The structure of playing musical instruments consists of 3 basic steps: performing on the instrument to make musical sounds, recognizing spatial information and music in the space through listening to the sounds themselves, and finally returning the information to the performance to adapt their musical experience and consciousness. These steps go on as a loop during the performance of musical instruments, and it is widely known that reverberation effects recognition of the space, i.e. the second step. Adjusting the whole acoustic environment inside the room with sampling reverberation should help musicians to play just as they want to. In this paper, the relation between multiple parameters of reverberation and the features of solo violin performance is investigated.
Engineering Brief 26 (Download now)
EB2-6 Analysis-Synthesis Techniques for Additive Granular Synthesis—James O’Neill, University of Miami - Coral Gables, FL, USA
This project explores granular synthesis techniques that utilize various basis functions inspired by existing matching pursuit algorithms. The first algorithm performs a STFT on an input signal and synthesizes a new, granular signal using one-dimensional Gabor atoms. These atoms can be made to virtually reproduce the input signal, but a wide variety of granular effects can be achieved by altering the distribution of the atoms in the time and frequency domains, such as granular time stretching and pitch shifting, along with statistical distribution techniques introduced by the author. The second algorithm utilizes a basis set of generated noise bursts, which can be over-complete or an orthonormal basis for the Hilbert space that corresponds to the analysis window by applying the Gram-Schmidt process to the burst library. The noise functions are then used as grain contents in the synthesis stage, where a variety of effects are created with redistribution methods. Audio examples are provided over headphones.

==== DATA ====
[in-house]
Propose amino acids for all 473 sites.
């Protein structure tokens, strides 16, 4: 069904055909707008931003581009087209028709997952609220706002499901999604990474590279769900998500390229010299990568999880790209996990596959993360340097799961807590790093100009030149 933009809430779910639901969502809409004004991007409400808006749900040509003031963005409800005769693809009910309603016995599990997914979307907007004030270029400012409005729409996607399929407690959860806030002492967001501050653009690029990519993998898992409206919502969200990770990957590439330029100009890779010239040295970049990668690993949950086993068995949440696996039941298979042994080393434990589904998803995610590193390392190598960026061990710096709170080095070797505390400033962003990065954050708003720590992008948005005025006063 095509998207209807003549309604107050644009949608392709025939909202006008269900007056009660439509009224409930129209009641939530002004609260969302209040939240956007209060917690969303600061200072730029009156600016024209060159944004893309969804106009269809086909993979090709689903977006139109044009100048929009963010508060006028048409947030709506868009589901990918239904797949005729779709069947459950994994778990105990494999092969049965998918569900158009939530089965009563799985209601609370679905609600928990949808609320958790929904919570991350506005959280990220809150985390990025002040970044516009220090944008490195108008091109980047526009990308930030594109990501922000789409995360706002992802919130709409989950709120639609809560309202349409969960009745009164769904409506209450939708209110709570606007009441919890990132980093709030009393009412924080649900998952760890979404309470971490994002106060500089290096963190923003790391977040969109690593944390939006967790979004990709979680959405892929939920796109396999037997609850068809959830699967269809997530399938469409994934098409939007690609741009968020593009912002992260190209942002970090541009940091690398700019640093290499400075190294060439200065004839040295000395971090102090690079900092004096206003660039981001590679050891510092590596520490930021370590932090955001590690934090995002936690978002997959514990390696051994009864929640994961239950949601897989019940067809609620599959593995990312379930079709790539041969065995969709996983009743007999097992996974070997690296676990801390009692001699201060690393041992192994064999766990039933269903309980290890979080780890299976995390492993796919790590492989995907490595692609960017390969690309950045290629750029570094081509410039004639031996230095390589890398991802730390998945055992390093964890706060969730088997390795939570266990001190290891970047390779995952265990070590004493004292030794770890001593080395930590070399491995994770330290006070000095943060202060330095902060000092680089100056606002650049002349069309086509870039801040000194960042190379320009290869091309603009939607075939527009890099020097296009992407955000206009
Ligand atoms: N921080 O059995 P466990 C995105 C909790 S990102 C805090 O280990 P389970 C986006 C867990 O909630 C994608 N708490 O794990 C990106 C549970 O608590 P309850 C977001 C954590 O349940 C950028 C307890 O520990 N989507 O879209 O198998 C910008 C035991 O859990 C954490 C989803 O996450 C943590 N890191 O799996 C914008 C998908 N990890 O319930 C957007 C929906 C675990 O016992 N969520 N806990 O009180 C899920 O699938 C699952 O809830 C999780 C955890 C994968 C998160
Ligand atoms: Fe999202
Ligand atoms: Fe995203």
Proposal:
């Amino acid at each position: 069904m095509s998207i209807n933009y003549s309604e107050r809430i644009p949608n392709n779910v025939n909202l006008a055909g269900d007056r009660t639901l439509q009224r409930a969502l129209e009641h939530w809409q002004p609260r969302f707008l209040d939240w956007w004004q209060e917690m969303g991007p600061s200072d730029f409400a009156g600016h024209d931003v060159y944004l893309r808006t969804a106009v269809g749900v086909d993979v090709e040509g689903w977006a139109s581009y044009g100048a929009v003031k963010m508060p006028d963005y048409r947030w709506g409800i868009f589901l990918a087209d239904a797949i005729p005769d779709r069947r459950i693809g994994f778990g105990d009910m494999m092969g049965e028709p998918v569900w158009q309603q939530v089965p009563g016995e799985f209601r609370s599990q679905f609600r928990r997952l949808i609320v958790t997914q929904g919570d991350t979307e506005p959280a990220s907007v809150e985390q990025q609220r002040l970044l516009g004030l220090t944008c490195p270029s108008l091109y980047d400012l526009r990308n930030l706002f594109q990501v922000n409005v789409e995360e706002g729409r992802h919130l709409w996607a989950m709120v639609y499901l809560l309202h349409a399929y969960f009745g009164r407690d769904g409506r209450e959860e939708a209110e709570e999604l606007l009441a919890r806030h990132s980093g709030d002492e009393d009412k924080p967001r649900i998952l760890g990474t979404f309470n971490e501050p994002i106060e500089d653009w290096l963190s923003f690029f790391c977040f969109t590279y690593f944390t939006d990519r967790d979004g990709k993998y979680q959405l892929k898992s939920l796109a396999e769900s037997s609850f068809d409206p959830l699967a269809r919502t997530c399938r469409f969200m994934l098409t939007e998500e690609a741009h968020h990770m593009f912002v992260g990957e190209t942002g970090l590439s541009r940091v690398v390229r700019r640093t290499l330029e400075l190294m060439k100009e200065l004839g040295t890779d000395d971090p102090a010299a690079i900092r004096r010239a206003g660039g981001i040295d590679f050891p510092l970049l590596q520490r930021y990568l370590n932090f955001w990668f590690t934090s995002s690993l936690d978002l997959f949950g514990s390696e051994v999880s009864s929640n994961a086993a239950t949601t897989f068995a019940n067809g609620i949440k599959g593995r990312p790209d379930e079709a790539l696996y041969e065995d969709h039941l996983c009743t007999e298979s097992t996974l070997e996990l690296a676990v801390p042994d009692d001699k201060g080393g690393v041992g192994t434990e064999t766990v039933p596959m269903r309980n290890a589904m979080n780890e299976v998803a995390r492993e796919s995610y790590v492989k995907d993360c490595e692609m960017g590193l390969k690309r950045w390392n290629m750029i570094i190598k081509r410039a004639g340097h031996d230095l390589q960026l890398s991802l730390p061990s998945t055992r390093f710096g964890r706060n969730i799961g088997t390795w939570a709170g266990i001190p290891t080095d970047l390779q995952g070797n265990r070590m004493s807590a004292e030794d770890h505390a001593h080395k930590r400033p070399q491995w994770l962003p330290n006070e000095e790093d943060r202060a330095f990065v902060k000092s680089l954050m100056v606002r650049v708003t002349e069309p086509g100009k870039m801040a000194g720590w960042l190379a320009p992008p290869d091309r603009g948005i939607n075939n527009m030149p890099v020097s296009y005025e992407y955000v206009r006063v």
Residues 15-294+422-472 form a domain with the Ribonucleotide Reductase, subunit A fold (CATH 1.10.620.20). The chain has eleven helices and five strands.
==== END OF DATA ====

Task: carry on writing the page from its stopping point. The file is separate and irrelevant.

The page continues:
Engineering Brief 27 (Download now)
EB2-7 Harmonic Distortion Analysis in a Class-AB Tube Amplifier: The McIntosh MC-240—Phillip Minnick, University of Miami - Coral Gables, FL, USA
Some Class-AB tube amplifiers remain in demand for audiophiles due to their linear gain stages, low feedback, and minimal high-order harmonic distortion. The McIntosh MC240 Class-AB tube amplifier is a benchmark, high-quality stereo amplifier from the 1960s. This presentation gives an overview of the restoration of the amplifier to achieve a satisfactory level of performance, examination of the electrical topology in relation to the output signal’s distortion characteristics, and detailed analysis of the distortions produced by the amplifier using psychoacoustic-based listening tests as well as standard benchmark tests.
Engineering Brief 28 (Download now)
EB2-8 The “Williams Star” Microphone Array Support System—Michael Williams, Freelance Sound Recording Engineer and Lecturer, Sounds of Scotland - Le Perreux sur Marne, France
With the ever increasing interest in 5-channel recording for home cinema, television, and pure 5-channel audio, the search for an operationally simple, reliable, and high quality surround sound recording system is becoming ever more important. The equal segment 4-channel and 5-channel arrays described in two AES papers by Michael Williams (AES preprints 3157 and 7480) are attracting more and more interest within the audio industry. However the research for a satisfactory operational microphone configuration cannot be dissociated from the purely mechanical problem of finding a suitable microphone array support system. The “Williams Star” Microphone Support System can provide a simple, flexible, and reliable microphone array support system for any equal segment array design. The visual impact of this system has also been reduced to an absolute minimum. Currently only the 4-channel and 5-channel seem to meet operational broadcasting requirements, but a 7-channel format is also provided for future developments with respect to the new Blu-ray format.
Engineering Brief 29 (Download now)
Information Last Updated: 20111005, mei